The question seemed to catch Kelechi Osemele by surprise.
Back at his locker, Osemele had a microphone thrust in his face and was asked: "What makes this rookie class so special, with a lot of guys playing key roles?"
He thought for a moment and smiled.
"This group is really hungry ... guys who wanted to come in here and make an impact, make a difference and make a name for themselves," he said of a group that also includes kicker Justin Tucker, outside linebacker Courtney Upshaw and running back Bernard Pierce. "We just kind of all came with the mindset that we were here to stay and we were going to come in here and, if need be, take somebody's job to make it a better football team.
"Guys who came out with that kind of mindset flourished and they stayed — and guys who didn't got cut," he continued. "That's the name of the game."
"They're kind of veterans now, so we count on them to play like that," the Ravens coach said. "K.O. comes to mind, obviously, and Courtney and right on down the line. Guys have done a great job."
Osemele, the Ravens' second pick in the second round out of Iowa State, started all 16 regular-season games at right tackle. Although he had worked at both guard positions in training camp, Osemele was switched to tackle when veteran Bryant McKinnie came in late to camp and proved to be overweight and out of shape.
McKinnie was perceived to have landed in Harbaugh's doghouse. But when he finally started practicing better and reclaimed his starting left tackle spot for the playoffs, Michael Oher was moved to right tackle and Osemele moved back to left guard.
That move seemed to solidify the offensive line. The Ravens' passing attack has flourished, and quarterback Joe Flacco has been under far less pressure from opposing pass rushers, having been sacked only four times in three playoff games.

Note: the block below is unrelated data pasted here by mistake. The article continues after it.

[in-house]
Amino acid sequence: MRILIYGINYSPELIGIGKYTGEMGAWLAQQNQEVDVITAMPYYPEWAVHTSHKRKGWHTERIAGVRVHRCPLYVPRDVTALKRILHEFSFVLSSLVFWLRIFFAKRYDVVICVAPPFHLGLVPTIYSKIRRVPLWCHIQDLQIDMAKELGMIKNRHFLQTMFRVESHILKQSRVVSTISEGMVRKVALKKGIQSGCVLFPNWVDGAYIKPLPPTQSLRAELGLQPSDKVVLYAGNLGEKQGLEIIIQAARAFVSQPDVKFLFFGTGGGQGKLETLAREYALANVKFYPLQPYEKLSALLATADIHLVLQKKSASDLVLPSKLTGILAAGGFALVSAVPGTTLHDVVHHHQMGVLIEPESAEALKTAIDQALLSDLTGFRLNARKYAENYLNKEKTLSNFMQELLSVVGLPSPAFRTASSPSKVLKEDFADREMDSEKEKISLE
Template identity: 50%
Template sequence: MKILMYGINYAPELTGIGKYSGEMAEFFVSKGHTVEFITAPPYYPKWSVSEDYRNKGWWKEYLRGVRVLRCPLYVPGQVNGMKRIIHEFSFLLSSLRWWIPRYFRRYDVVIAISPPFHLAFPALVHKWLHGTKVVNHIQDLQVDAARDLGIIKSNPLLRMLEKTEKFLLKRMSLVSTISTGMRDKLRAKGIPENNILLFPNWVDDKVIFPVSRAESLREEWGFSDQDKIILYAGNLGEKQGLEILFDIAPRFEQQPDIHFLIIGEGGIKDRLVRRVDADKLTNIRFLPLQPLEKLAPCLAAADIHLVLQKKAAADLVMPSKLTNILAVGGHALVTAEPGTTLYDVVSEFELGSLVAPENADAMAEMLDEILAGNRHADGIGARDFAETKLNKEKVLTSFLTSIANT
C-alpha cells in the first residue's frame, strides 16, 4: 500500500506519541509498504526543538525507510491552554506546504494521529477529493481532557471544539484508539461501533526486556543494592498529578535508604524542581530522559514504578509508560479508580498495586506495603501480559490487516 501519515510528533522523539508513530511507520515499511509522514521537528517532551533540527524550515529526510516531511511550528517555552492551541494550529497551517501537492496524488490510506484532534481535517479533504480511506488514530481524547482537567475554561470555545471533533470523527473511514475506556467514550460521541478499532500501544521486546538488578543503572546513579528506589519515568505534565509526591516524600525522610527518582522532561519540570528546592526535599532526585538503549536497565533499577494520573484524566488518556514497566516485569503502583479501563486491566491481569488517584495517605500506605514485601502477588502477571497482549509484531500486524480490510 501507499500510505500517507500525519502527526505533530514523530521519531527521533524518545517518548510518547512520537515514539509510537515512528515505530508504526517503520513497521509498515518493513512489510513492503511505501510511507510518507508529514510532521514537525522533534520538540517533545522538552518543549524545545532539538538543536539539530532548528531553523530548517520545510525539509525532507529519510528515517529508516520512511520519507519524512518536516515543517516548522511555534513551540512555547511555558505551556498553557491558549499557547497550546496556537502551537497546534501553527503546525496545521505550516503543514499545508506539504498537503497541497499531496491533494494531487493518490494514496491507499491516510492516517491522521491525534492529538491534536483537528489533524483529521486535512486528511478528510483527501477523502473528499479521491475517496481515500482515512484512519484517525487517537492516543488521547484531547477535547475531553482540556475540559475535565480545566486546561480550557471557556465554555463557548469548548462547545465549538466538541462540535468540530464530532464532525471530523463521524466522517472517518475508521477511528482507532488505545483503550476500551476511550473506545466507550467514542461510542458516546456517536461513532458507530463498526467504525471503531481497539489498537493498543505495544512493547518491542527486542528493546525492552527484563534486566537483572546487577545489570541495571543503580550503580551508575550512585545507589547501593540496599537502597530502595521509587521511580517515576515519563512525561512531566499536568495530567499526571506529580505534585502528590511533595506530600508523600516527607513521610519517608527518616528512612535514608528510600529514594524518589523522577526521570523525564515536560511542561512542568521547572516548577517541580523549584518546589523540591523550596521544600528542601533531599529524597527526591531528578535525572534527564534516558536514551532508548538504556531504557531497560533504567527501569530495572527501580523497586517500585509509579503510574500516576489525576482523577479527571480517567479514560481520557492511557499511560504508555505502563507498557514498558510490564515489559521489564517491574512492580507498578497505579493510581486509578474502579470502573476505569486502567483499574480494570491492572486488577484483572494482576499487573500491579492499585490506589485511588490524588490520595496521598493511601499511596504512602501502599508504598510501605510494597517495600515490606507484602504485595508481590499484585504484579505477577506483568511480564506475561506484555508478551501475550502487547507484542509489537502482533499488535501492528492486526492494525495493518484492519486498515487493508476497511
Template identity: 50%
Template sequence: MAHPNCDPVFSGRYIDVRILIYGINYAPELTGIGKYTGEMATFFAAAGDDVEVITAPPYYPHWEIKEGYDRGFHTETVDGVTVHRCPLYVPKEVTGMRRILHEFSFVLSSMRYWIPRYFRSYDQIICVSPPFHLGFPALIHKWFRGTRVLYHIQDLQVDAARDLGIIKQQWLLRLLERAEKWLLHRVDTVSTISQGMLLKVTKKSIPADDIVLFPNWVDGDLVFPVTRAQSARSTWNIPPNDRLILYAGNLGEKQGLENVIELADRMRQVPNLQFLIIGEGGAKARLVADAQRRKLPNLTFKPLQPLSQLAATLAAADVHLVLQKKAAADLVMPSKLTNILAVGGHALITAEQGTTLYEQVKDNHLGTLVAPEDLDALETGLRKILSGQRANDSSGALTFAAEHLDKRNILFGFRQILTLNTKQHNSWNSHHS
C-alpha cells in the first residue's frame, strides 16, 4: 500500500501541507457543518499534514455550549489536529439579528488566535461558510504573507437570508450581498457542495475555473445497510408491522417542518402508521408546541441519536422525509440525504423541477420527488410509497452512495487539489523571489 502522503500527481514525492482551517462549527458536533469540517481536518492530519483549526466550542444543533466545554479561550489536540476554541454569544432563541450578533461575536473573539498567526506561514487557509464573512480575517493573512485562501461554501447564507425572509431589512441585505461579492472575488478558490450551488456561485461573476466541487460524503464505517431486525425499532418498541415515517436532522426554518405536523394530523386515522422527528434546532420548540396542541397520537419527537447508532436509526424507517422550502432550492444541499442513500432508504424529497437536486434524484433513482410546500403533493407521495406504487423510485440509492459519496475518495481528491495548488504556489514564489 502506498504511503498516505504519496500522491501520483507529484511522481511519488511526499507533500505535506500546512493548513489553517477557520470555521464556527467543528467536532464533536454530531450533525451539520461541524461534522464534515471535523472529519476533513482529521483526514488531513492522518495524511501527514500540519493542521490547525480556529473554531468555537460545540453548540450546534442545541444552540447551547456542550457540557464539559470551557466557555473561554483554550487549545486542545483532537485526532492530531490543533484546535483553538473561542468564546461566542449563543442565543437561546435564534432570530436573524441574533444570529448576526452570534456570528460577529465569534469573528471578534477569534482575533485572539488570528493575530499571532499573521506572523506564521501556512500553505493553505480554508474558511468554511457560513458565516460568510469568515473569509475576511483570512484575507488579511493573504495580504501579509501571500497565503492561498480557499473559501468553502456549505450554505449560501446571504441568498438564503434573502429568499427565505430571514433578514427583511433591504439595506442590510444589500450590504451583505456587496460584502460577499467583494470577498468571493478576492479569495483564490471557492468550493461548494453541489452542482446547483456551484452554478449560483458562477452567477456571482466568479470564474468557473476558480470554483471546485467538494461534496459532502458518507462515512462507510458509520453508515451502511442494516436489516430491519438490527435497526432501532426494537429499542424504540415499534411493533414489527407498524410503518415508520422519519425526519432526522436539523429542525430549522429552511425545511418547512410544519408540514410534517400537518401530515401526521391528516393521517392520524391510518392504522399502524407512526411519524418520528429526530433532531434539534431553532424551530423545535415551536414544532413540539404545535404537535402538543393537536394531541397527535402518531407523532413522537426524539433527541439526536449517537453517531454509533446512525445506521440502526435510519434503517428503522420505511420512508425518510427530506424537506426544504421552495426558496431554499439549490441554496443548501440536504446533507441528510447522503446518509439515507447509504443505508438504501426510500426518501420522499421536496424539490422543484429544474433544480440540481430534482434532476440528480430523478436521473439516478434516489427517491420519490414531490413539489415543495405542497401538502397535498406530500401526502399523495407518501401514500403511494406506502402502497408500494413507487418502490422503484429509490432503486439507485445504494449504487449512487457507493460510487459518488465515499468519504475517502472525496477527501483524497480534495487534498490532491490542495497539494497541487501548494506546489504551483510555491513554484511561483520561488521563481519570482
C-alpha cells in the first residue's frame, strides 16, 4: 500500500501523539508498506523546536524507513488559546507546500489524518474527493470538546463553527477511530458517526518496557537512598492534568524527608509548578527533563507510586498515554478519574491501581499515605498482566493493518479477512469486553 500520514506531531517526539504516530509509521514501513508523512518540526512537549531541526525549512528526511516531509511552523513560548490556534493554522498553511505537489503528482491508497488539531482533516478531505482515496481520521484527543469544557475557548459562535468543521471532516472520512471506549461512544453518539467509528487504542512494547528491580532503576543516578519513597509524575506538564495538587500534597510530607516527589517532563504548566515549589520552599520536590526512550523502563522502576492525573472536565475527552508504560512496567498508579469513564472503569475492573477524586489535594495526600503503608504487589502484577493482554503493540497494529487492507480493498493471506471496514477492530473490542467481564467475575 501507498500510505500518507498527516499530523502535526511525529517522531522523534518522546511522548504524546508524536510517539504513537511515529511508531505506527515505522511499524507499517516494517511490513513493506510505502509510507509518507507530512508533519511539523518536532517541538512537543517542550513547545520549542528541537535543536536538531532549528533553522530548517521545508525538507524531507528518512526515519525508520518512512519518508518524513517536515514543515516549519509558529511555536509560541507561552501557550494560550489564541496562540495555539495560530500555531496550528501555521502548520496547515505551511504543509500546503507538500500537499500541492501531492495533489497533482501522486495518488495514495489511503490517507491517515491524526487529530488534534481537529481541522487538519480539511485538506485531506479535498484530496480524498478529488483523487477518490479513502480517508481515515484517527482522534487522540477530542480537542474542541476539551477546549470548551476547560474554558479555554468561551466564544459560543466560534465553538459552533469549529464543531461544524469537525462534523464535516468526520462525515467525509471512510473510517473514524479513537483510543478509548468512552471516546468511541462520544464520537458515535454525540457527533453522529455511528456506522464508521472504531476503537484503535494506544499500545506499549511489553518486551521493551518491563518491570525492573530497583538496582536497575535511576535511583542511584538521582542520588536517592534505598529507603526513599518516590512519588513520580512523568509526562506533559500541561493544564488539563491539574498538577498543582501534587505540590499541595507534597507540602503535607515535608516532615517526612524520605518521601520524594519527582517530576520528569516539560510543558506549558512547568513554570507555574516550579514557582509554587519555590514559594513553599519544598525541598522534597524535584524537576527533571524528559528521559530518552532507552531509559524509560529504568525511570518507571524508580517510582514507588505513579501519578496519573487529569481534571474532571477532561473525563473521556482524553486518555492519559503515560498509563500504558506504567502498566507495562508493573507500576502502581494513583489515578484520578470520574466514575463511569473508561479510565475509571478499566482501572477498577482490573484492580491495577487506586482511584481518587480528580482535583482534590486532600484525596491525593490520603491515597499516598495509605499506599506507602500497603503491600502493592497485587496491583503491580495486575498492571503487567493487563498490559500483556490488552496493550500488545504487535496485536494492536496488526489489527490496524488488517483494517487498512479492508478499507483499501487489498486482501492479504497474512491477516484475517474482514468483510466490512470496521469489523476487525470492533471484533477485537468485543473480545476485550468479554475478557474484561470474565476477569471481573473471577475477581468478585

"I would describe it as a very smart move," Osemele said. "They just wanted the five best players out there. They felt that I'd make a better pass blocker out there at guard [for] going into the playoffs, where passing is key and being able to put points on the board is very important."
Tucker, signed as a free agent after going undrafted out of Texas, is having a rookie season for the ages. He accounted for 132 points and made 30 of 33 field goal attempts (90.9 percent), the second-best mark in Ravens single-season history. It was also the second-best percentage by a rookie kicker in NFL history.
Touted by Harbaugh as a "natural" in training camp after he beat out veteran Billy Cundiff, Tucker impressed his teammates all season with his nerve and powerful foot.
Two weeks ago, in front of a howling crowd on chewed-up Sports Authority Field in Denver, he kicked his third game-winning field goal, a 47-yarder in double-overtime in the Ravens' thrilling 38-35 divisional-round victory over the Broncos.
"I feel as though we've been forged in the fire this whole season," Tucker said. "I mean, we've faced adverse situations. I've been fortunate that the three misses I've had haven't had any significant bearing on the outcome of the game — or the season for that matter.
"I've learned from my failures," he added. "That's something that's always impressed upon us here, that we're going to face adverse situations, we're going to be in tough games. And it really comes back to doing your job and trusting what you know."
Pierce, the Ravens' third-round pick out of Temple, has proved to be a formidable backup to Ray Rice.
Pierce rushed for 532 yards on 108 carries (4.9 average), and the Ravens like the way his straight-ahead, bruising style of running contrasts with the shifty, more elusive Rice.
"I don't shy away" from contact, said Pierce, who has blossomed for the Ravens down the stretch.